White StripesNot as good as Jack White’s cover of Son House’s “Death Letter Blues”, but noteworthy nonetheless.

“Me and the Devil”

Nick Andrew StaverStaver has a nice vibrato voice and he slips easily into a sweet falsetto, as Johnson himself often did. Nick’s soft touch on the guitar is nice as well.

“Last Fair Deal Gone Down”

Matti NorlinIn this cover of one of Johnson’s lesser known songs Norlin’s voice is a little stiff, but he does some nifty slide work.

“Traveling Riverside Blues”

Led ZeppelinPlant takes some liberties with the lyrics, but mostly to sample other Robert Johnson songs, so it’s ok, and Page does Page things.

“If I Had Possession Over Judgment Day”

Darren Watson: “If I Had Posssession” is Robert Johnson’s variation on a song more commonly known as “Rolling and Tumbling”, famously recorded by Muddy Waters. This performance is very true to the original, and I love Watson’s facial expressions.

“Crossroads Blues”

CreamNo conversation about Robert Johnson is complete without discussing “Crossroads Blues.” Eric Clapton, the most prolific purveyor of Johnson covers, nearly made a career out of performing this song, beginning with his late Sixties tenure with Cream. This video is faulty, but it still manages to capture the energy of a live Cream performance. But check out this funky alternate version that Clapton recorded in 2006 which demonstrates Clapton’s ability to transform a classic into something totally new while still respecting the original.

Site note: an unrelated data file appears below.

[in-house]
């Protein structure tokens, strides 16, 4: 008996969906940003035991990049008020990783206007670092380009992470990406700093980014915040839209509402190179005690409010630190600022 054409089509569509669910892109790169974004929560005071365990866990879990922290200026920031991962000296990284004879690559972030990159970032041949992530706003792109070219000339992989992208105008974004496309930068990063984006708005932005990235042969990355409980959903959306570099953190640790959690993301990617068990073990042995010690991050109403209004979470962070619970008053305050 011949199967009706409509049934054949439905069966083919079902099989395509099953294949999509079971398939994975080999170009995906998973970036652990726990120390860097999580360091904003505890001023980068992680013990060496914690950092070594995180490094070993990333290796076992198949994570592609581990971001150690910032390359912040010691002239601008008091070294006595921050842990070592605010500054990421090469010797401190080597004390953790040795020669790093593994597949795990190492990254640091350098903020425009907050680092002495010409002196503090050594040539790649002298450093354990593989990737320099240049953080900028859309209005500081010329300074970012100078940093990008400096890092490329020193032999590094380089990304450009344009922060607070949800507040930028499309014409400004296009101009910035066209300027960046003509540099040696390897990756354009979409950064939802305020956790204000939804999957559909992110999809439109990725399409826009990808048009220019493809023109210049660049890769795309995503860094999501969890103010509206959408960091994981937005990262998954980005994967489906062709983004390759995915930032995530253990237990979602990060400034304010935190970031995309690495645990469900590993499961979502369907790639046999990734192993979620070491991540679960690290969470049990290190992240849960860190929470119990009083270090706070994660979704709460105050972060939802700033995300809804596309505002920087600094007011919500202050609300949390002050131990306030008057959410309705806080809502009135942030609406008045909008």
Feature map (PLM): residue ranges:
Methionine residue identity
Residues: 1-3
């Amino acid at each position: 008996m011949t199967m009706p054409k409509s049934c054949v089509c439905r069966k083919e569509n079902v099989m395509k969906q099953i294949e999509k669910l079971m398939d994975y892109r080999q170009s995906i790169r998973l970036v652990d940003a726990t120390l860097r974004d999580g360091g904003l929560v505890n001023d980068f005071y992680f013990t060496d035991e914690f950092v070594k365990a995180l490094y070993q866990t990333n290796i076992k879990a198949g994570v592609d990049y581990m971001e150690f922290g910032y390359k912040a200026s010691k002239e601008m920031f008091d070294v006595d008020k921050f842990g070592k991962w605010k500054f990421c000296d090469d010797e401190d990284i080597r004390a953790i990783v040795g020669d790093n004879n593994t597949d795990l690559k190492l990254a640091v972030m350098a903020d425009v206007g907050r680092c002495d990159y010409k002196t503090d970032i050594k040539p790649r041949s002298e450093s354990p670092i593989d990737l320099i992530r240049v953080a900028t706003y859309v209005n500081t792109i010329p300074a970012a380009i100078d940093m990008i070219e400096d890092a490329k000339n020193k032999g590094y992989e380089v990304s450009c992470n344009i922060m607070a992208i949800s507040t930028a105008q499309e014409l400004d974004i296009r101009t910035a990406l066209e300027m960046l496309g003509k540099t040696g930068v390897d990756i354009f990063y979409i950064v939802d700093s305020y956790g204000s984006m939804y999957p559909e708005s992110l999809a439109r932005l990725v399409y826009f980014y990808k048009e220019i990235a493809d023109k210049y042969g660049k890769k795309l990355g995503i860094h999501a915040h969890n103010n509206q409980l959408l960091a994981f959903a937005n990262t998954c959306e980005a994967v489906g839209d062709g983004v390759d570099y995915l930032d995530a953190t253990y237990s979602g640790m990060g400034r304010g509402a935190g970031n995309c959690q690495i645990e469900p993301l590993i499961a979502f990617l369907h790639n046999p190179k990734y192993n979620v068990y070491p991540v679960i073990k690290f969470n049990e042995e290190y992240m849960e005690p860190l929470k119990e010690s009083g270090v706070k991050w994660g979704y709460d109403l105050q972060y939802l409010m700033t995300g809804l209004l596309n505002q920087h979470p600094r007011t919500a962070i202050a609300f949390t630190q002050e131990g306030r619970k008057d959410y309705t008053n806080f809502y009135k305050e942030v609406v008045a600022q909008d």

As for tonight’s featured video, I bring you Sadie Johnson (no relation), accompanied by Matt Brookshire on acoustic bass guitar, with a very spirited performance of “Crossroads Blues” mixed with Howlin’ Wolf’s “Killing Floor Blues.” I love the rapport between Sadie and Matt as they cue each other with looks and nods, and share a chuckle when Sadie misses a note. Don’t let her schoolgirl demeanor fool you, Miss Johnson is very serious about her guitar playing, as evidenced by the ease with which she makes numerous difficult transitions in this fast-paced performance. Sadie’s vocals are too low in the mix, but the passion with which she delivers them helps to compensate. I never get tired of watching this video, and I hope you enjoy it as well.